Most clients of Guide John Sappington never realize his celebrity status. That may change this month when the Field and Stream Total Outdoorsman Challenge season finale airs Nov. 13 (2013) on the Outdoor Channel.
Although the seven-day competition took place in August, primarily at Dogwood Canyon, the contests were filmed to air in weekly segments, so the winner has been kept a secret since the season started Oct. 3. But since the website now shows his photo, Sappington said, he can at least say he is in the finals.
That competition and all of his previous wins as a professional bass fishermen with more than $750,000 in winnings seldom comes up on his Lake Taneycomo trips, he said.
“I love taking people out here to show them what we have here,”Sappington said, since guiding is all about helping the client experience their best day of fishing ever. “I have a lot of poeple catch their highest amount of fish ever, whatever their age and experience. I have a lot of first-timers, such as mothers and their sons where the dad is not involved in their lives. It’s an honor to get to take them and show them what it’s all about.”
Parenting is a priority for Sappington himself, since he and his wife, Michelle, have a 20-month-old, Elizabeth, and a college son, Sean, studying at Drury University. He declined to “pratice” for the Outdoorsman Challenge, he said, instead directing his energies after guiding to the homefront.
Since this was his fifth time in the competition, with two third-place finishes, Sappington, 50, said he was thankful that the contests seemed tailered toward him. In his younger years growing up around Kansas City, he competed in archery and shotgun competitions. Even after a boating accident in 2004 ended his professional bass competitions, he still entered some benchrest rifle contests sporting the halo brace for his broken neck and back.
“I really feel like the Total Outdoorsman Challenge is really the culmination of my life. Hunting and fishing is what I’ve done. My favorite part is definitely the fly fishing at Dogwood Canyon. I love catching fish on a fly rod and Dogwood has some beautiful ones.”
After studying business at Missouri Southern, Sappington was bullding houses for a living until the market fell into a slump. He had two speculation houses tying up all his money when he started a custom home for a Federal Express executive which led to an offer to be a relief driver.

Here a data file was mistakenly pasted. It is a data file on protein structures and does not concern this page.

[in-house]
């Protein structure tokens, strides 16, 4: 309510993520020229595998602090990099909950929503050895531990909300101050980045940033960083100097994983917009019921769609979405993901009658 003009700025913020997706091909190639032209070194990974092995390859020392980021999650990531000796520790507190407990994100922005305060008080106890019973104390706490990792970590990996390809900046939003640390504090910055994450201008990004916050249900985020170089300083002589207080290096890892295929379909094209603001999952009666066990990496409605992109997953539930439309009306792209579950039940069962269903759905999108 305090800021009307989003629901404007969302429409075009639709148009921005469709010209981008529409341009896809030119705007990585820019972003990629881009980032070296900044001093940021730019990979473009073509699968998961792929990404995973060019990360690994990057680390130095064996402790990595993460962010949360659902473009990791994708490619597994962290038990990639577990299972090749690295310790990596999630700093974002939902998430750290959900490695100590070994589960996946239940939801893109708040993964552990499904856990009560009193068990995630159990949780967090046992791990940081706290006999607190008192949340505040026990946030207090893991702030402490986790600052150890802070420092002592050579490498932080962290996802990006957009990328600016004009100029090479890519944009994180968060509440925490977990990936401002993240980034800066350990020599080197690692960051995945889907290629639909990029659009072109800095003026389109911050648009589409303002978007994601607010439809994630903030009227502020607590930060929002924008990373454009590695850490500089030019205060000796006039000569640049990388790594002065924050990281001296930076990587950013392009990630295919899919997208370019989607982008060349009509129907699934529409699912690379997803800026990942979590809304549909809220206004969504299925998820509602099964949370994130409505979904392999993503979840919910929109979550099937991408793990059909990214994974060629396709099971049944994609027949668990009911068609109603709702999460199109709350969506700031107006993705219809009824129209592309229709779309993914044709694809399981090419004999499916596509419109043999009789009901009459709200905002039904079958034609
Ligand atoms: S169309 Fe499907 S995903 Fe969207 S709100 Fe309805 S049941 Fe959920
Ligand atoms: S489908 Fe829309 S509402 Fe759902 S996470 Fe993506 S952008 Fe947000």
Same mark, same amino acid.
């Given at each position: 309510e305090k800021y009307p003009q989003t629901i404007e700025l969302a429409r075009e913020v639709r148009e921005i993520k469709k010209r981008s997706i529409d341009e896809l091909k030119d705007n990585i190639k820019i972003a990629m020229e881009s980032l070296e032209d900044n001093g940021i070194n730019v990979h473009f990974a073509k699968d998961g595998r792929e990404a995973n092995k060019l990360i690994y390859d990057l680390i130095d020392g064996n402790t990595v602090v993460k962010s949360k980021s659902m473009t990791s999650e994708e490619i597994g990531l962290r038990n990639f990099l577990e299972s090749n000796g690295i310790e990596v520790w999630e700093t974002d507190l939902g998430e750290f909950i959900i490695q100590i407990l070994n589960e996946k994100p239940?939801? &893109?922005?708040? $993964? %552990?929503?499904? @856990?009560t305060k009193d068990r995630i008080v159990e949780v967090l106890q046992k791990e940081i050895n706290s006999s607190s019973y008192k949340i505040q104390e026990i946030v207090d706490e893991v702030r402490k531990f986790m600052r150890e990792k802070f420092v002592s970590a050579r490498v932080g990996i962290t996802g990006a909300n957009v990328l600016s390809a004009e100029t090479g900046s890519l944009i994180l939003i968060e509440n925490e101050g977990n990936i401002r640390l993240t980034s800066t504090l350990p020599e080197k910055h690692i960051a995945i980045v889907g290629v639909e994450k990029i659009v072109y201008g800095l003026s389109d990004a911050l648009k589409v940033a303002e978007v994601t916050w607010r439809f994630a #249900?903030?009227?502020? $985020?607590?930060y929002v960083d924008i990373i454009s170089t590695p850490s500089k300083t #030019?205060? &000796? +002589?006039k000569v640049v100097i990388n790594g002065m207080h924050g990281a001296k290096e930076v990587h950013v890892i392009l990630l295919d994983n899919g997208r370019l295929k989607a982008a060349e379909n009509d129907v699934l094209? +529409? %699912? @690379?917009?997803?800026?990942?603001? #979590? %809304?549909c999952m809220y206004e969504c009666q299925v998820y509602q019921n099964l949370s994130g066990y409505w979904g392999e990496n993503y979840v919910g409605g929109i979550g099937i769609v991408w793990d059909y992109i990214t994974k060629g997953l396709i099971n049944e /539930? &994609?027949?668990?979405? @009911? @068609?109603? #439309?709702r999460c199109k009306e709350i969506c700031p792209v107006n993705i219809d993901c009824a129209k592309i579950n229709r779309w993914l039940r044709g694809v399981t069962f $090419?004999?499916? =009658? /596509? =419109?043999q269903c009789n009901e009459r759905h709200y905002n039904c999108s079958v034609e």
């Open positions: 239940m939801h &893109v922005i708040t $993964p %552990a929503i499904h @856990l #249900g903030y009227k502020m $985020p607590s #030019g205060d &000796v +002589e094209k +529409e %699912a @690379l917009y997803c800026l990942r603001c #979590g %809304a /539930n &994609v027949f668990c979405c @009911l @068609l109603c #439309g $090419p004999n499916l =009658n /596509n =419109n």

“Six years later I’m still delivering packages until I hurt my knee at work.” he said. “I was off of work for six weeks and living on Grand Lake fishing all the time. A fishing tournament came up at the lake and I took second place and won about $2,000. I got in another tournament the next weekend and came home with $5,000.”
It soon became apparent that it was more lucrative to fish full time, and that began his professional fishing career 18 years ago. He accrued more than 20 pro top finishes, was an FLW Tour Classic Champion, a five-time FLW Tour Cup Qualifier and a Bass Master Classic Qualifier. In 1999 he took second place in the Missouri Central Invitational Tournament on Table Rock.
But then came the day when he was pre-fishing a tournament in Louisiana and a ferry boat on the water jerked a cable up in front of him. “It came down on my boat, hit me on the top of my head and flipped me up on my back, breaking bones and scrambling my brain.”
Although his cervical-one vertebra was fractured, he amazingly was not paralyzed. Surgeons wanted to fuse three other vertebrae together, but Sappington and Michelle, a physical therapist, decided to let his body heal naturally, keeping up with his physical therapy and wearing the halo for six months.
“Doctors were telling me that I would never fish again, so it was a tough point for me,” he said. He did try to compete again, he said, but just had lost his competitive edge.
He had already been guiding for bass on Table Rock Lake, now in his 14th year there. But he only started guiding on Lake Taneycomo the last five or six years, enjoying the fact that “anytime is a good time to fish for trout on Taneycomo.”
“When I was competing in bass fishing, I never wanted to fish for bass on my off time, ” he said. Lake Taneycomo had been an oasis of enjoyment for 30 years, especially the lure of big browns.
“I am still blessed to be doing what I love to do. I get to go fishing every day — I just don’t catch the fish,” he joked, “but it’s not about me anymore. As long as my clients are catching fish, I am grateful. There aren’t too many jobs where you have something in common with everyone you deal with — and everyone I take out likes to fish.”
Bass Pro Shops in Springfield has planned a public watch party for the Total Outdoorsman Challenge, which will air at8:30 p.m. Wednesday, Nov. 13.